“It was nice at the end of the year to finish it like that. It’s obviously different than what you achieve on the court because it isn’t something decided by the public. So to get the support of the public after a year like I had was very nice,” said Murray.
One man who has been a huge factor in Murray’s success over the past two years is his coach, Ivan Lendl, who captured the last of his eight Grand Slams back in 1990.
What started off as a surprise and odd partnership, turned out to be as fruitful as a coaching relationship can get, with Murray getting the monkey off his back and winning his first major nine months into their union.
“I think the fact that he’s been through the same ups and downs that I’ve had – I had never won a Grand Slam when I started working with him and he was the only other person that had lost his first four Grand Slam finals,” Murray said of Lendl.
“So having him in my corner for that, to talk me through the emotions and how to come out the other side of it, made a huge difference. I have a tremendous amount of respect for everything that he’s achieved on the court so all the things that he says, you’re going to listen to a bit more intently.”
It seems the success of the Murray-Lendl combination has set off a series of shock hires amongst some of the top players as teaming up with an 80s star appears to be the latest trend.
World No2 Novak Djokovic recently added Boris Becker to his team, and Murray says the German will be an exciting addition to the tour.
“Any time you can have past great players involved in the sport, it’s good for tennis. Obviously now we just have to wait and see how it works out.
“To see what changes Becker can bring to Novak’s game and how it will help him. Any time you can get players like that… that involved in the sport… is a good thing.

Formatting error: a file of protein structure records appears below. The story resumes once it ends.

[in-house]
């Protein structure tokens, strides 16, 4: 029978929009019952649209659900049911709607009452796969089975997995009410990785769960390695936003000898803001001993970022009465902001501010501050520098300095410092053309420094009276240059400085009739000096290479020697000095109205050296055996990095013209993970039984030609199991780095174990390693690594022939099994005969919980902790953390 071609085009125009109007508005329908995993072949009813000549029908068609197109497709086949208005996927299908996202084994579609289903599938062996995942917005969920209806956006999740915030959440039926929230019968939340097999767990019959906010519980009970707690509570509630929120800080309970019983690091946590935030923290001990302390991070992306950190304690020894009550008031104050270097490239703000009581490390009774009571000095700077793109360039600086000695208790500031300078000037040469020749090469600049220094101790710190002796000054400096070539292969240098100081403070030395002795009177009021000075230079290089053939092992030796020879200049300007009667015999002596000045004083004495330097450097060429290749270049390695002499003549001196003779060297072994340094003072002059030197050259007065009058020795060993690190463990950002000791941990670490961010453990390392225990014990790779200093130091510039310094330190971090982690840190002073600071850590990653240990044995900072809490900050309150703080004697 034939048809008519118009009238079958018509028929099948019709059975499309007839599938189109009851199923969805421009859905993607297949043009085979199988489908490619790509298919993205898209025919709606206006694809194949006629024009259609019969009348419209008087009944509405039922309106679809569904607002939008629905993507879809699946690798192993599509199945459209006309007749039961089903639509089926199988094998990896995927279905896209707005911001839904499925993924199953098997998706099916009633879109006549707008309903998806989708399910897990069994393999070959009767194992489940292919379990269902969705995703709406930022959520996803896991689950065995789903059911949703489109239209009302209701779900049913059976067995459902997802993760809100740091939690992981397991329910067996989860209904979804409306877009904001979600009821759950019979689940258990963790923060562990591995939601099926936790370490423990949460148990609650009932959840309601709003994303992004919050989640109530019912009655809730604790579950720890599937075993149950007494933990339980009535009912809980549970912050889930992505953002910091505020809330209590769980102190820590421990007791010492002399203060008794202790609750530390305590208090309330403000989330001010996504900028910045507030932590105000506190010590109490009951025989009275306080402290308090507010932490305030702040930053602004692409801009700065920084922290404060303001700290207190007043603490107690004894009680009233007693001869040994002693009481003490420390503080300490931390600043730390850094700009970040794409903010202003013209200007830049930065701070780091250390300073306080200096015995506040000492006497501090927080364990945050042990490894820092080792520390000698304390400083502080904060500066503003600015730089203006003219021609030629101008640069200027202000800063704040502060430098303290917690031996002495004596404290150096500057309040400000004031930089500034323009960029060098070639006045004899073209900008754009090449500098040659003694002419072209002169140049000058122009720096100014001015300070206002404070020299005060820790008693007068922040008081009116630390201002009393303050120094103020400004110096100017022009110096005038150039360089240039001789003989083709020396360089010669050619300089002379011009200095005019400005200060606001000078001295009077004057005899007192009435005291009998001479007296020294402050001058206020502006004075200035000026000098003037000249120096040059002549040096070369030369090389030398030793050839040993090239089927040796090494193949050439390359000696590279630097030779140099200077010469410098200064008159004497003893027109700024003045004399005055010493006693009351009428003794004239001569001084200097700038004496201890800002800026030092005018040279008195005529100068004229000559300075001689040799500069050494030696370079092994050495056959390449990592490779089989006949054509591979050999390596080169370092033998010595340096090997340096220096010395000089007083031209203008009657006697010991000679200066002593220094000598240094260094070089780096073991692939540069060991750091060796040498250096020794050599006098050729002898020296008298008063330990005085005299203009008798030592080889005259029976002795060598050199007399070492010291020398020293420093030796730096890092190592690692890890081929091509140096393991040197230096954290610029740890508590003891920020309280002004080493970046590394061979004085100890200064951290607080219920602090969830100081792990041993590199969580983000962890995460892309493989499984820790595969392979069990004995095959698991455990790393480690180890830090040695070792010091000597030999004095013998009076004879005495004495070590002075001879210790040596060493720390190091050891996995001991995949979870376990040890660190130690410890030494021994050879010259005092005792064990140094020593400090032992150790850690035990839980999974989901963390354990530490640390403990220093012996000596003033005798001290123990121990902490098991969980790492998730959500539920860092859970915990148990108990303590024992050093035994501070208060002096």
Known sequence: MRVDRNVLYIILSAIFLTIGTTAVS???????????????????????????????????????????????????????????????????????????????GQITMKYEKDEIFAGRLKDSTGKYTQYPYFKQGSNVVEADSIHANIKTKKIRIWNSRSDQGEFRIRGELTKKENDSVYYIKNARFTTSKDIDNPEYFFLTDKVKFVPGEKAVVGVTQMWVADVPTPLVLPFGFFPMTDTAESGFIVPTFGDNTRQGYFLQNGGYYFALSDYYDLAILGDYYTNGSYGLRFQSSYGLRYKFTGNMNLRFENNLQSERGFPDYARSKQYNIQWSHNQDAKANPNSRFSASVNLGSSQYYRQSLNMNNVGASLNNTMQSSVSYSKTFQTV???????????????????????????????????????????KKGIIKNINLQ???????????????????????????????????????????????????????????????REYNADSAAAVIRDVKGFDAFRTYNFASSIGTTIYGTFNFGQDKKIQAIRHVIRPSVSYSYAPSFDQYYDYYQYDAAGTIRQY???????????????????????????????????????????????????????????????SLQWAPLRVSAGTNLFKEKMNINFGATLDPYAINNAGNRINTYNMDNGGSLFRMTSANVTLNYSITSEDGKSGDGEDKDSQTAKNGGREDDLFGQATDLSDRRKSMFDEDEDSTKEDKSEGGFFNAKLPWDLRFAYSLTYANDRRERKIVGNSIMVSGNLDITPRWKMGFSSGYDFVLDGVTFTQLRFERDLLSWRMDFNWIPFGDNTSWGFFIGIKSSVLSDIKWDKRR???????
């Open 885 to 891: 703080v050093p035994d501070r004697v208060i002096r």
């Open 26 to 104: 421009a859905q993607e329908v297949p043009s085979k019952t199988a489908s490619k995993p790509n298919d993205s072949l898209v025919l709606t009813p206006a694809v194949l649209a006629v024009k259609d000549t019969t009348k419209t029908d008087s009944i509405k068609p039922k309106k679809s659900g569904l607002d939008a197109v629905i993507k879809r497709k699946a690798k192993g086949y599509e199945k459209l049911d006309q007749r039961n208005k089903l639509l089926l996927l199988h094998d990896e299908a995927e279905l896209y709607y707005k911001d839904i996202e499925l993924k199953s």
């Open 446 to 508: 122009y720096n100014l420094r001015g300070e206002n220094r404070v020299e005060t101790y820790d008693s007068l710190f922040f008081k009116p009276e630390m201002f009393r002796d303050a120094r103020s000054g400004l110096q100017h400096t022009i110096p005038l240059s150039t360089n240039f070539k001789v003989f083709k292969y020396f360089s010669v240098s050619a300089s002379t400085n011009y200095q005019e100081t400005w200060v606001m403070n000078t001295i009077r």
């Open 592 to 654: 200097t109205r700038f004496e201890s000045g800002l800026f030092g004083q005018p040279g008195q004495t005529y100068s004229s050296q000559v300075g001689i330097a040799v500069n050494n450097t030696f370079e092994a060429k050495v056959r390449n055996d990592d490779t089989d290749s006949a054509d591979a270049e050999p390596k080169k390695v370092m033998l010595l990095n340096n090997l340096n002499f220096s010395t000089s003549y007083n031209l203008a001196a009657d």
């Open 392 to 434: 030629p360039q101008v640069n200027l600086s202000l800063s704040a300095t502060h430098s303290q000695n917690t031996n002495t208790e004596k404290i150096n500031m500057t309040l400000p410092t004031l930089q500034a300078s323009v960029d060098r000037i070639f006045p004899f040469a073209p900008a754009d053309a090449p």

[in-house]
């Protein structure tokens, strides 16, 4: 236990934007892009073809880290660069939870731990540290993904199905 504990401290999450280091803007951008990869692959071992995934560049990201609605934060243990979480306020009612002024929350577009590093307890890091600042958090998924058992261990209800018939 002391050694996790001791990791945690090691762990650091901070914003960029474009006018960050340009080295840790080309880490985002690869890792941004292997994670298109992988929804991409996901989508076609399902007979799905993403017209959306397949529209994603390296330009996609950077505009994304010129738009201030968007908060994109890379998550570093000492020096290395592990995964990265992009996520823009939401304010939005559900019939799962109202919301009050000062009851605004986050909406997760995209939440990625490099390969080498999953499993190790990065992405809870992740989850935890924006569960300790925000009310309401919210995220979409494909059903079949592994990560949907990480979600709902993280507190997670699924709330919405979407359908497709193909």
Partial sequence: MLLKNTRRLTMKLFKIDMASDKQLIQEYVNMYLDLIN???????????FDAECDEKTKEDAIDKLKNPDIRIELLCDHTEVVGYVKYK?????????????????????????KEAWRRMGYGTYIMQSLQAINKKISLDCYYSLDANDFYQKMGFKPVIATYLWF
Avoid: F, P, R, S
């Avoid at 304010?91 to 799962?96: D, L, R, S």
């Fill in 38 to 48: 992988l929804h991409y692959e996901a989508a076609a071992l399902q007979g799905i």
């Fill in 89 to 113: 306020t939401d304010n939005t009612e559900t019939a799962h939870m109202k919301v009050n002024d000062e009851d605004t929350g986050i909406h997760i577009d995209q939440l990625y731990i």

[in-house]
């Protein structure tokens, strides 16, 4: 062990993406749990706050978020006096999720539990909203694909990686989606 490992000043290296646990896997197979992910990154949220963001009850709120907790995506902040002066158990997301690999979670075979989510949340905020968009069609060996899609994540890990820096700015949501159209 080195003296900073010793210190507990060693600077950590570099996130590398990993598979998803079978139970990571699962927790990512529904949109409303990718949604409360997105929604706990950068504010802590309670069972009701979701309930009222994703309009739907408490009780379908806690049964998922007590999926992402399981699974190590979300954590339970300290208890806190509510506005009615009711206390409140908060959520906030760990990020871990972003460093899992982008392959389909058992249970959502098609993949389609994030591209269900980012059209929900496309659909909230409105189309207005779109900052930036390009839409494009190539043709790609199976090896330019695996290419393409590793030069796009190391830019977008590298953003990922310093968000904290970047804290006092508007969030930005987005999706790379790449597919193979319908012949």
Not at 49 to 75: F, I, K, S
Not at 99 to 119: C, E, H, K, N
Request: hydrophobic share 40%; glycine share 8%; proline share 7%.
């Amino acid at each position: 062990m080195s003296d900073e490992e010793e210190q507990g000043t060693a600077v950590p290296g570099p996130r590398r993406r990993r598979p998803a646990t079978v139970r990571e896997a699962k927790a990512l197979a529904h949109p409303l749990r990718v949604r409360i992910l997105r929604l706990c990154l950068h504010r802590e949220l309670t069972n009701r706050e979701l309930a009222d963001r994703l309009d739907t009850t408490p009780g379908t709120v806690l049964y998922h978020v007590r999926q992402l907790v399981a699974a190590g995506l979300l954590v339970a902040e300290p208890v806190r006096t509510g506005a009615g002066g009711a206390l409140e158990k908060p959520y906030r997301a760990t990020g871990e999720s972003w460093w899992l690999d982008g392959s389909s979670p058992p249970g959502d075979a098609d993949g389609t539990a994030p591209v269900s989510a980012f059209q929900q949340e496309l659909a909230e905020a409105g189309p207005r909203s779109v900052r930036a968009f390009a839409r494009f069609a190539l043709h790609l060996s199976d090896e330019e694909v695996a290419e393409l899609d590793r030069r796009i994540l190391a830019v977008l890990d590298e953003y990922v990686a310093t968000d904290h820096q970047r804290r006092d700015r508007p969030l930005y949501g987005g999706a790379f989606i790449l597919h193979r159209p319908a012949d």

“I think we’ll see whether or not it is a trend. Right now, there’s a lot of players involved that have won Grand Slams. Michael Chang is working with (Kei) Nishikori now, obviously myself and Lendl, Becker and Djokovic, (Sergi) Bruguera is now working with (Richard) Gasquet… so yes it’s probably happening a bit more and more but there’s still coaches out there that have never played, like Nadal’s uncle (Toni Nadal), that works extremely well for him. It’s just about what works best for each individual player.”
After Abu Dhabi, Murray will head to Doha for his official season kick-off and while the Brit says he’s feeling healthy, he’s being cautious about setting goals for 2014 just yet.
“I think the number one priority right now is to get back on the court playing matches and to feel healthy,” he said. “And once I get back on the court and I’m playing matches and I’m coming through them okay then it’ll be a lot easier for me to decide what I’m going to try to achieve this year.
“Because practice and training have gone well but until you’re actually playing matches, you never know how exactly you’re going to feel and that’s why Abu Dhabi will be a great preparation for me.
“So I can see how my game is and how my body’s feeling against the best players in the world.”